While the data for the state as a whole shows some gaps, the data for Southwest Idaho (the “10 county” region) shows that the shortage of software developers is very small relative to other occupations. In the region that contributes very nearly half the state’s GDP, “computer programming, specific applications” aka software developers, doesn’t make the top 10 list of most severe shortages. Again, of most concern for local economic developers should be in producing garden-variety graduates with four-year degrees in business administration. (See chart above.)


The evidence reviewed here suggests that:

  • Industry boosters overstate worker shortages.
  • The software industry comprises a very minimal portion of state and regional employment.
  • The chosen policy option is a relic of the Cold War.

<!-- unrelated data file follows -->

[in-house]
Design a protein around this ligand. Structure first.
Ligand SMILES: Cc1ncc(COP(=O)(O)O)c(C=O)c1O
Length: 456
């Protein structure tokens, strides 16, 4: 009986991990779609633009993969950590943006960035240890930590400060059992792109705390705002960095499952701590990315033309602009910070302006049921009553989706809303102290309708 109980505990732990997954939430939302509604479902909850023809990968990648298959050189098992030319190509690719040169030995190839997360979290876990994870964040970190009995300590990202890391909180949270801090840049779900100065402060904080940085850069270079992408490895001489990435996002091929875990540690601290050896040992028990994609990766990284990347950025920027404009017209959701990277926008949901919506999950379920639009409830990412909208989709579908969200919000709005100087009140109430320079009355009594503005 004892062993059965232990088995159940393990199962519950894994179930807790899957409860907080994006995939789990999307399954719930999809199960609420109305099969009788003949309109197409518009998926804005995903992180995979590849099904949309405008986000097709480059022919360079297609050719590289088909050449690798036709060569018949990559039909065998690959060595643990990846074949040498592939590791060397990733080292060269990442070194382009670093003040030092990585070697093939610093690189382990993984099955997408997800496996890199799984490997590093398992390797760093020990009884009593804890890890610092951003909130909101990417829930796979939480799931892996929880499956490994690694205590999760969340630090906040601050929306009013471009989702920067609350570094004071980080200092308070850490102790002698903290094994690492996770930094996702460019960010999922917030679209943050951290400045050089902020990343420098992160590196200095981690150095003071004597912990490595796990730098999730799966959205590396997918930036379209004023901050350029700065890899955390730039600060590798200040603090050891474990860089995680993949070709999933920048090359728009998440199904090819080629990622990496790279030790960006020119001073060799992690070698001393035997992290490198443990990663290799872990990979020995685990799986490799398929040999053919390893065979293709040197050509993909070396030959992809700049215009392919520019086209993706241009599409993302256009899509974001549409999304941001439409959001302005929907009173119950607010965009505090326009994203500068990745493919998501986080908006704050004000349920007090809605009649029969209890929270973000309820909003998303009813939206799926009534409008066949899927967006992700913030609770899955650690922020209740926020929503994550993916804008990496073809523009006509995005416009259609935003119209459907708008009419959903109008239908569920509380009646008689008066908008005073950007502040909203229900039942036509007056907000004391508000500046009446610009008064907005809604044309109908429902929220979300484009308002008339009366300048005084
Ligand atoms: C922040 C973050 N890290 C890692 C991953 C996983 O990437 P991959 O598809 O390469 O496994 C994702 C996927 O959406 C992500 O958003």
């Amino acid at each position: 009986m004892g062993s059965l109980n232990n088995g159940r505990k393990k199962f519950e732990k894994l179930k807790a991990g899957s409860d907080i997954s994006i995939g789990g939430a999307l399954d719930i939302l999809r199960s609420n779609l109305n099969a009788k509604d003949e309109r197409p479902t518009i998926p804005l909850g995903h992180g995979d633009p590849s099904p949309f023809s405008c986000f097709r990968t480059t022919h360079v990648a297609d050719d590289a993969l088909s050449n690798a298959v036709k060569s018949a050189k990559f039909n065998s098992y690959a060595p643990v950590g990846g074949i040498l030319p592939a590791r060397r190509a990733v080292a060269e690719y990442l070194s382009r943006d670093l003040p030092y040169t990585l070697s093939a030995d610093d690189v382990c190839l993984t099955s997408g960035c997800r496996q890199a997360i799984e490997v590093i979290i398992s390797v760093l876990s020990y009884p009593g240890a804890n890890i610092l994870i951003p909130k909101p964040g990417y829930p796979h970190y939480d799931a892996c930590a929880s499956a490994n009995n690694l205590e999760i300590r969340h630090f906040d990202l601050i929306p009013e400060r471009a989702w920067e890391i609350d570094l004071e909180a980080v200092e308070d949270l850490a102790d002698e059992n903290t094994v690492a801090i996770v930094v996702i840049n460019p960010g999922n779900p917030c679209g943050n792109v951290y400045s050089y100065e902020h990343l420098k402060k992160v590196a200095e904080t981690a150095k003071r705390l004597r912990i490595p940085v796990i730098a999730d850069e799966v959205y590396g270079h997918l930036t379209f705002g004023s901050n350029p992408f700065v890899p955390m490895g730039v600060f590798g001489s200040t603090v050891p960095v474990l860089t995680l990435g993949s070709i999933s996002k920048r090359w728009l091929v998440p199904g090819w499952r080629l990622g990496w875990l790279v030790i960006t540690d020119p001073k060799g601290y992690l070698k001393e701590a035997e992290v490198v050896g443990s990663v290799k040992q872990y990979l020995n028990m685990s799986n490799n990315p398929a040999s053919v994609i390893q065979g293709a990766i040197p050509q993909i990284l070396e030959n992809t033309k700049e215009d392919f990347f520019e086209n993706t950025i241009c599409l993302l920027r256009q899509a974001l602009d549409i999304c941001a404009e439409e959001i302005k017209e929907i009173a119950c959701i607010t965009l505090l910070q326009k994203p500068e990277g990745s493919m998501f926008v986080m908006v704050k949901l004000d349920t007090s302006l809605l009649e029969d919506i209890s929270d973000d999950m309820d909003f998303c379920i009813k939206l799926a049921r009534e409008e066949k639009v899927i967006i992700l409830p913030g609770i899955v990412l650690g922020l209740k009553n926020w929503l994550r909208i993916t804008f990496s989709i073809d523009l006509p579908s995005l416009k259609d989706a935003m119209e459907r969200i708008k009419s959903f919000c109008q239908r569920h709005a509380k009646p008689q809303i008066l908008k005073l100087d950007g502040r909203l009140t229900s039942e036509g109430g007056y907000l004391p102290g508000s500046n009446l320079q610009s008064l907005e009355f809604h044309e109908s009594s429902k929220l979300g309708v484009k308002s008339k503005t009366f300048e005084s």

• Other options such as “buying” software developers still exist but have not been exercised.

Idaho is situated between some of the most competitive technology regions in the United States. Budgets here—public and private—are extremely limited. That means every dollar invested in economic development efforts must be accounted for. Our efforts must be thoughtful, targeted, supported by data and realistic. While any investment in human capital and educational infrastructure seems a step in the right direction, that is too low a bar. Investments must be prioritized so that what is spent generates the greatest benefit, at the least cost, for the longest period of time. In light of the evidence, it is unlikely that investments in the software industry rise to that level.

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The views and opinions expressed here are those of the writer and do not necessarily reflect those of Boise State University, the Center for Idaho History and Politics, or the School of Public Service.